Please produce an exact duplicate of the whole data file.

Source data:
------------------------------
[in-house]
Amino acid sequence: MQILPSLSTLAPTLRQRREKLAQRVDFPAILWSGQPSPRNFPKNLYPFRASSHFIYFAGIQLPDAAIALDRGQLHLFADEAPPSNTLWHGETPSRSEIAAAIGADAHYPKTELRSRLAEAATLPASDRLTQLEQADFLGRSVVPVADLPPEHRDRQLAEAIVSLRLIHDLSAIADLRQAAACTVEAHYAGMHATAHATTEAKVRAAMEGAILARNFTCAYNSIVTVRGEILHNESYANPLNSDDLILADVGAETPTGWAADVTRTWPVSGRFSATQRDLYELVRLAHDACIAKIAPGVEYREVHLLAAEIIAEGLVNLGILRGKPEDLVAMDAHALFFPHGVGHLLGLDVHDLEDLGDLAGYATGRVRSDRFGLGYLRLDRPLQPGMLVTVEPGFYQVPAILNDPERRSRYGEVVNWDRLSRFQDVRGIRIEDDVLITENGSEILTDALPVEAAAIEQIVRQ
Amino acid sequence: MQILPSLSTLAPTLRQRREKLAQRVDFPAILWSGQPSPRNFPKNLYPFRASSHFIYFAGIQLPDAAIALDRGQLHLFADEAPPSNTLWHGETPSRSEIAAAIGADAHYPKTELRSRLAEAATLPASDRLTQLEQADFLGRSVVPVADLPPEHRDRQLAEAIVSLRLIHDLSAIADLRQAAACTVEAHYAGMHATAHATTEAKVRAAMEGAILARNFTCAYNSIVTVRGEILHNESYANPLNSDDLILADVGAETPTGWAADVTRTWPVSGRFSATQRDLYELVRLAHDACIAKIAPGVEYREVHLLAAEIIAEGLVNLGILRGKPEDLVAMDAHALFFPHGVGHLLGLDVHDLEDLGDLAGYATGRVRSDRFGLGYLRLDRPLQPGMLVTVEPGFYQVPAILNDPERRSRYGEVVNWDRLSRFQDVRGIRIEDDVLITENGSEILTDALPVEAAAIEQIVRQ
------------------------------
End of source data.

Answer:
[in-house]
Amino acid sequence: MQILPSLSTLAPTLRQRREKLAQRVDFPAILWSGQPSPRNFPKNLYPFRASSHFIYFAGIQLPDAAIALDRGQLHLFADEAPPSNTLWHGETPSRSEIAAAIGADAHYPKTELRSRLAEAATLPASDRLTQLEQADFLGRSVVPVADLPPEHRDRQLAEAIVSLRLIHDLSAIADLRQAAACTVEAHYAGMHATAHATTEAKVRAAMEGAILARNFTCAYNSIVTVRGEILHNESYANPLNSDDLILADVGAETPTGWAADVTRTWPVSGRFSATQRDLYELVRLAHDACIAKIAPGVEYREVHLLAAEIIAEGLVNLGILRGKPEDLVAMDAHALFFPHGVGHLLGLDVHDLEDLGDLAGYATGRVRSDRFGLGYLRLDRPLQPGMLVTVEPGFYQVPAILNDPERRSRYGEVVNWDRLSRFQDVRGIRIEDDVLITENGSEILTDALPVEAAAIEQIVRQ
Amino acid sequence: MQILPSLSTLAPTLRQRREKLAQRVDFPAILWSGQPSPRNFPKNLYPFRASSHFIYFAGIQLPDAAIALDRGQLHLFADEAPPSNTLWHGETPSRSEIAAAIGADAHYPKTELRSRLAEAATLPASDRLTQLEQADFLGRSVVPVADLPPEHRDRQLAEAIVSLRLIHDLSAIADLRQAAACTVEAHYAGMHATAHATTEAKVRAAMEGAILARNFTCAYNSIVTVRGEILHNESYANPLNSDDLILADVGAETPTGWAADVTRTWPVSGRFSATQRDLYELVRLAHDACIAKIAPGVEYREVHLLAAEIIAEGLVNLGILRGKPEDLVAMDAHALFFPHGVGHLLGLDVHDLEDLGDLAGYATGRVRSDRFGLGYLRLDRPLQPGMLVTVEPGFYQVPAILNDPERRSRYGEVVNWDRLSRFQDVRGIRIEDDVLITENGSEILTDALPVEAAAIEQIVRQ